We give gifts to people because we care about them; it is one of the ways we show love, gratitude or appreciation. We also choose gifts that people enjoy or that would improve the quality of their lives. Can you imagine telling someone: “Hey, I have a gift for you,” and then throwing it in their face, leaving them bruised and not wanting anything to do with you or your gift? Think about our da`wah (outreach) efforts and advice as gifts. We want people to love Allah (swt) more and to develop an overwhelming desire in the heart to please Him so they can be successful in this life and the hereafter. If we want our gifts to be received graciously—if we want people to pray on time, or to gain the full reward of the Friday prayer by listening quietly, or to cover more modestly, or to quit bad habits—we need to present these gifts more gracefully and adorn them with gentleness and a loving tone. If our goal is to please God, and not to flex our knowledge muscles or put people down to boost our egos, it is crucial that we pay as much, if not more, attention to how we say our words as to what we say.
There is another problem on the other side of the spectrum; some people have such a high regard for people’s feelings that they refrain from giving advice completely. They themselves might be afraid of being rejected, causing conflict, or not having adequate knowledge. They could also feel that they are not in a place to start pointing out other’s faults or mistakes because they themselves are sinful Muslims. Here, it is important to remember the Prophet’s ﷺ words: “Whoever sees something wrong, he should change it with his hand. If he cannot, then [he should speak against it] with his tongue. If he cannot, then [he should dislike it] in his heart—and that is the weakest of faith” [Muslim]. The Qur’an also says that people are in a state of loss, except for those who “believe, and do righteous deeds, and advise one another to the truth, and advise one another to patience,” (Qur’an, 103:3).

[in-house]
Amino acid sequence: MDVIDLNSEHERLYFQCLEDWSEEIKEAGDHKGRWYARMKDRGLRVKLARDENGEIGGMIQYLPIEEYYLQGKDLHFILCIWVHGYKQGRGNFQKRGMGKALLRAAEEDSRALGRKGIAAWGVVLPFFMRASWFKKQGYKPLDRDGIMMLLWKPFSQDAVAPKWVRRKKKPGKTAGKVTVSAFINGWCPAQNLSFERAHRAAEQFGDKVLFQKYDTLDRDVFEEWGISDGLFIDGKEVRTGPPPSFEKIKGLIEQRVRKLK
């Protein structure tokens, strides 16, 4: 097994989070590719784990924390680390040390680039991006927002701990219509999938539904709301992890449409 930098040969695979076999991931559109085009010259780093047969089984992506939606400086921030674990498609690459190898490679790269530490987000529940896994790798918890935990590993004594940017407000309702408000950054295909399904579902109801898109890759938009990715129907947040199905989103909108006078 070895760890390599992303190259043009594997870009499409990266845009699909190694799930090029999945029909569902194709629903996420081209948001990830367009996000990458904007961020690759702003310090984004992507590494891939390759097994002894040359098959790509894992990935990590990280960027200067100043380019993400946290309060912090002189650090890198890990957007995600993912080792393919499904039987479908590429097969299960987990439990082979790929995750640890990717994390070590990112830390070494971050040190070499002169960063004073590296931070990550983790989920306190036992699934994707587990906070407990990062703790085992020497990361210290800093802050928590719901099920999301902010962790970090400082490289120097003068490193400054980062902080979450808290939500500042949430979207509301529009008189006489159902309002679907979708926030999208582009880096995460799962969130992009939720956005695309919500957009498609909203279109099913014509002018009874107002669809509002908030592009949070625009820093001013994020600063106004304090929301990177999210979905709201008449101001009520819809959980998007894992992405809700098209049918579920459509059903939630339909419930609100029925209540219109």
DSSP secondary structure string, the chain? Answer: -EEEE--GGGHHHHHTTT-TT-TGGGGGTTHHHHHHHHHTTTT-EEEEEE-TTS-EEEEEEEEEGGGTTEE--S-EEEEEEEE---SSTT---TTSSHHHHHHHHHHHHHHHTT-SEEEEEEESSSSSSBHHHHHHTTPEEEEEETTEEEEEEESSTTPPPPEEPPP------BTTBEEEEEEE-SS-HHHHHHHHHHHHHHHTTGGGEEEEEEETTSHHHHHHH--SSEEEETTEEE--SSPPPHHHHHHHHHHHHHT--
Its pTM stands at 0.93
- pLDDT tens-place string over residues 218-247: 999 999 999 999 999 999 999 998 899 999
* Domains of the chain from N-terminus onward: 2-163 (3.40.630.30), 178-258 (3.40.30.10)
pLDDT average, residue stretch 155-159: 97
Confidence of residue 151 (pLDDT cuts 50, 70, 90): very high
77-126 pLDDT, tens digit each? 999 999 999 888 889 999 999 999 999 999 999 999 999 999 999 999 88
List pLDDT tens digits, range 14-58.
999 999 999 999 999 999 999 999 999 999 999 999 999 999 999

Part of being one Ummah (community) is to care about our brothers’ and sisters’ relationship with our Creator, and to support them in their religious and spiritual growth. Also, the basics of the religion are known, so it does not require much knowledge to encourage good deeds.1 Our beloved Prophet ﷺ advised: “Convey on my behalf, even if (just) one verse,” [Bukhari]. There is no denying that actively calling to Allah’s way is difficult. People are generally insecure about their shortcomings, and they do not enjoy having a mirror put in front of them that highlights their blemishes. People might respond to our advice rudely or even harshly, making us feel belittled or dismissed at times. That is a common theme, though, with people who devote their lives to the calling. Look at the stories of the prophets and messengers, and how they endured their people’s criticisms and rejection. They were mocked, ridiculed and physically attacked, but they never quit. The value of conveying the message outweighed the physical or emotional pains that any of them experienced individually.
The key in advising people is to strike a balance. Encouraging God-consciousness and piety is praiseworthy, but it must be adorned with tact, kindness and humility. People need to feel that we care about them and are not just being judgmental or critical. For people to feel that positive, loving energy, we need to be sincerely aiming to please God and wanting the best for His servant-worshippers. It is important to remember that guidance ultimately comes from God. If we plant the seeds in people gently, we never know if and when God will cause these seeds to sprout and eventually bear fruit. The value remains, though, in planting the seeds irrespective of the results. If God utilizes us to bring people closer to His path, and we succeed in treating people with gentleness, mercy and compassion, our reward is secured with God, by His will.